• Joint and Several Liability. To the extent that indemnification may be required by the selling shareholders under the acquisition agreement, sellers will argue that indemnification should be “several” (e.g., pro rata based on each shareholder’s percentage interest in the seller) and not “joint and several” liability (which would make any single shareholder potentially liable for all of the losses alleged by a buyer). In addition, the seller usually insists (successfully) that no indemnifying shareholder be liable for more than the amount of sale proceeds actually received by the indemnifying shareholder, unless the cause of a buyer’s loss is actual fraud committed by such shareholder.
  • Effect of Tax Benefits or Insurance on Indemnification Claims. Sellers will often ask that any tax benefits or insurance recoverable by the buyer related to an indemnifiable claim should be used to offset the indemnification obligation. Buyers, when they agree to this point, often negotiate exclusions (such as an acknowledgment that the buyer has no obligation to procure new insurance to cover this circumstance).
  • Certain Exclusions. Sellers will often seek to have the acquisition agreement exclude losses that constitute punitive, consequential, indirect, or special damages or lost profits or losses that could have been avoided through reasonable mitigation efforts, or other “unforeseeable” types of damages. Sellers also try to include an “anti-sandbagging” clause, prohibiting a buyer from obtaining indemnification for a seller’s breach of a representation or warranty if the buyer had knowledge of the breach prior to the signing or closing of the transaction. These are often hotly contested provisions of the acquisition agreement.

18. Allocation of Various Risks in M&A Deals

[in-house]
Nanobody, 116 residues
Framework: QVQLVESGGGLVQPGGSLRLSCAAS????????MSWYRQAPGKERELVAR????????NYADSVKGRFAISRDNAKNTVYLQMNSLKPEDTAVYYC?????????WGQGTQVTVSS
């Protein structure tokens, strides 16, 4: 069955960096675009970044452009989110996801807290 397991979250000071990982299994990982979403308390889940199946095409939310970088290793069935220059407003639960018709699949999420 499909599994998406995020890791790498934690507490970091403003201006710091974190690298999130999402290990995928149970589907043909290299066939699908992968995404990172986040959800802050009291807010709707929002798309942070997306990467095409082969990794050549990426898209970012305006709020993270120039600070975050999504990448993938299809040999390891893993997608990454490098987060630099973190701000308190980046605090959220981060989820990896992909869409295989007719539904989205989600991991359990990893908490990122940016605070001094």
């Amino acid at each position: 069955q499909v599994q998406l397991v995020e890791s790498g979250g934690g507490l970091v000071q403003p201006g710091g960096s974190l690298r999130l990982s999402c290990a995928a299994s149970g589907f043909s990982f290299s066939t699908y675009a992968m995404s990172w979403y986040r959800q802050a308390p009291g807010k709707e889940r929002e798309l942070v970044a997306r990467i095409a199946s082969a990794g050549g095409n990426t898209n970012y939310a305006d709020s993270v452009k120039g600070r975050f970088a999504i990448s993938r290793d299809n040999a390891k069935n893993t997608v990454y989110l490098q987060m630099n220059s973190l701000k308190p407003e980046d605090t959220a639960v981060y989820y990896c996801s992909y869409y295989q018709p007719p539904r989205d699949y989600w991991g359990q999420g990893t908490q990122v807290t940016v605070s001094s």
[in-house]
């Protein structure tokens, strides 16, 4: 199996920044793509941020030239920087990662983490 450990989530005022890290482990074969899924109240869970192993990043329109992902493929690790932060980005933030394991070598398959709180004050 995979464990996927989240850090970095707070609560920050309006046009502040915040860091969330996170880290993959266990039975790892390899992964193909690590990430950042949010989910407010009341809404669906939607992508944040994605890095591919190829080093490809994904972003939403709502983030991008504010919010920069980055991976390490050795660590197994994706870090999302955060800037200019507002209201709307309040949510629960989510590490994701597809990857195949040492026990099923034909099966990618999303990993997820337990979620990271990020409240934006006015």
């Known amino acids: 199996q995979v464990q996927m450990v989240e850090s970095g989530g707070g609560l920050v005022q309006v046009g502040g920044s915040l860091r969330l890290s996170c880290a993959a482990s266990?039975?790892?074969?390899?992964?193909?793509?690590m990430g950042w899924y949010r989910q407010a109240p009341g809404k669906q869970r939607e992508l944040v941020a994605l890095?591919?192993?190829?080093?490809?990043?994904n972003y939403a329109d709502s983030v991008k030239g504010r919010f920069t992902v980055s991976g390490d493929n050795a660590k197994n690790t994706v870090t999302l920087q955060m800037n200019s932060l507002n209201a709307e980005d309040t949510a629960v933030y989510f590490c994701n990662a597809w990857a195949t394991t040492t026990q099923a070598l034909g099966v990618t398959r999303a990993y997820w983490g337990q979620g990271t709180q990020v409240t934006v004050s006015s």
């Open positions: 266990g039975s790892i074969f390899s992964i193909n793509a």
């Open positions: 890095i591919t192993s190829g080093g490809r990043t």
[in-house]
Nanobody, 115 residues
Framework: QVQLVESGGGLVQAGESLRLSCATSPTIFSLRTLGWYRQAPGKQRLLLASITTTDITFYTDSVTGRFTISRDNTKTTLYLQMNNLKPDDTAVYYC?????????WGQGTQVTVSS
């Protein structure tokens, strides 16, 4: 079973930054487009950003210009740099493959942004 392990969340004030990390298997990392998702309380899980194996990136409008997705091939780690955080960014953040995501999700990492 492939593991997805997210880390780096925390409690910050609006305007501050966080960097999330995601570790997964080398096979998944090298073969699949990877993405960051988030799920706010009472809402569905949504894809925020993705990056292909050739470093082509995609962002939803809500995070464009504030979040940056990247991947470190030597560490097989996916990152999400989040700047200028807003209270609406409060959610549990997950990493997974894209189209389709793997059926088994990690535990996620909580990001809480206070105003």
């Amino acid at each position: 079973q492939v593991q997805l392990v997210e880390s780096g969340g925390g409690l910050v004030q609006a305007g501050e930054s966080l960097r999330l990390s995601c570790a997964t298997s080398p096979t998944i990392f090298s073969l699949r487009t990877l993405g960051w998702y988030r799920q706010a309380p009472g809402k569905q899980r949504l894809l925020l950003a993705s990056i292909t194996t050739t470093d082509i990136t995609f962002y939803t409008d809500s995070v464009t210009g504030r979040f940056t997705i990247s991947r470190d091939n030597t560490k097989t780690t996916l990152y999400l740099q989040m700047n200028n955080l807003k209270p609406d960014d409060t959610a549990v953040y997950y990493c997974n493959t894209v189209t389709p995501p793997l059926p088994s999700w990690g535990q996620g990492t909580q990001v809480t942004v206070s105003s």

The primary purpose of many of the representations, warranties, covenants, and closing conditions in an acquisition agreement is to address the issue of which party should be allocated the risk if a problem arises.

For example, qualifiers such as “knowledge,” “materiality,” “material adverse effect,” and “material adverse change” are used to shift the allocation of risk to the buyer. The buyer can only recover if it proves that the seller knew of the problem, or if the scope of the problem exceeds the agreed materiality standard.

The buyer typically argues that materiality qualifiers are inappropriate where the indemnification provisions include a “basket” or “deductible” that reduces the indemnification risk to the seller shareholders for immaterial claims made by the buyer.

Beyond these general risk-allocation techniques, there are a variety of special risk-allocation scenarios that often present themselves in the negotiation of an acquisition agreement, such as:

  • If the seller has litigation or claims pending, who bears the risk of an adverse judgment or settlement?
  • If a material intellectual property claim has been asserted against the seller, who bears the risk of an adverse development?
  • If the transaction is not approved by a regulatory agency (such as the Department of Justice or the Federal Trade Commission on antitrust grounds, or CFIUS if the buyer is a non-U.S. company and the transaction poses a risk to U.S. national security), is the seller entitled to any remedy, such as a termination fee from the buyer?
  • If a key contract of the seller needs the consent of a party in a change of control transaction, can the acquisition close anyway pending approval, and who bears the risk if such approval is not ultimately obtained? If the third party is willing to consent, but only if the seller makes a payment to the third party, who should bear the cost of such payment?

19. Guarding Against Fraud Claims: Disclaimers by the Seller

One of the most significant claims that an unhappy buyer can make against a seller is that the seller (or its representatives) committed fraud. Beyond alleging that the representations and warranties in the acquisition agreement were made fraudulently, an aggrieved buyer may allege that information provided to it in due diligence sessions with management or in documents made available in a data room were false or misleading. Unfortunately, if buyer’s remorse sets in, it’s all too easy for a buyer’s lawyer to launch a lawsuit which includes an allegation of fraud, no matter how clean a seller’s business might have been, no matter how responsive the seller’s management has been to information requests, and no matter how meritless the claim really is. Although fraud is exceedingly difficult to prove, it is extremely easy to allege.

Recognizing that post-closing lawsuits are brought from time to time by unhappy buyers (as opposed to buyers truly harmed by seller misconduct), sellers sometimes frequently negotiate for some important precautions (which mitigate the risk of fraud claims) that have been sanctioned by the courts: